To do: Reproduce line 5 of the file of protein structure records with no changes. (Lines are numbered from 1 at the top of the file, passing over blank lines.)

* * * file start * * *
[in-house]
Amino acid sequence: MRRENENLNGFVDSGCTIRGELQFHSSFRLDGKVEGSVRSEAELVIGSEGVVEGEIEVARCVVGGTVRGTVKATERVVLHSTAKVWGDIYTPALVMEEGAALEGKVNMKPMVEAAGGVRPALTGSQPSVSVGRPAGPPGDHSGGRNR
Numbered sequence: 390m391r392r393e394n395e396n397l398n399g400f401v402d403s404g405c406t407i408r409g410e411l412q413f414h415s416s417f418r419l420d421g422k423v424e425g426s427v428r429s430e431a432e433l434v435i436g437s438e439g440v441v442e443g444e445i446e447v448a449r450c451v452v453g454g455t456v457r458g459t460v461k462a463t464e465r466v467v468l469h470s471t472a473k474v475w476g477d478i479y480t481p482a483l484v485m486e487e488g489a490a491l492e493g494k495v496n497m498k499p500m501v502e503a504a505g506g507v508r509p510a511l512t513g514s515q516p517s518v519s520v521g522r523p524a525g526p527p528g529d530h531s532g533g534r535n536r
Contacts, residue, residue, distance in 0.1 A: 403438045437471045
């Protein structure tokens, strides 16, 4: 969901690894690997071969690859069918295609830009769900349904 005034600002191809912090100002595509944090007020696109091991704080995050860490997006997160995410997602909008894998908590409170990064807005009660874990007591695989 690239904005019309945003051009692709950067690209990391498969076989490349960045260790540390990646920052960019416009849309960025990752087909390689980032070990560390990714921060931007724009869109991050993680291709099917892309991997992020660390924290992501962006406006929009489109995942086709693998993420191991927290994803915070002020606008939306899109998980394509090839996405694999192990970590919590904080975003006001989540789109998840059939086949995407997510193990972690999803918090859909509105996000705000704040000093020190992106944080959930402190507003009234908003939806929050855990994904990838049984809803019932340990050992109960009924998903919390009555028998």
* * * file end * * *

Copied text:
């Protein structure tokens, strides 16, 4: 969901690894690997071969690859069918295609830009769900349904 005034600002191809912090100002595509944090007020696109091991704080995050860490997006997160995410997602909008894998908590409170990064807005009660874990007591695989 690239904005019309945003051009692709950067690209990391498969076989490349960045260790540390990646920052960019416009849309960025990752087909390689980032070990560390990714921060931007724009869109991050993680291709099917892309991997992020660390924290992501962006406006929009489109995942086709693998993420191991927290994803915070002020606008939306899109998980394509090839996405694999192990970590919590904080975003006001989540789109998840059939086949995407997510193990972690999803918090859909509105996000705000704040000093020190992106944080959930402190507003009234908003939806929050855990994904990838049984809803019932340990050992109960009924998903919390009555028998």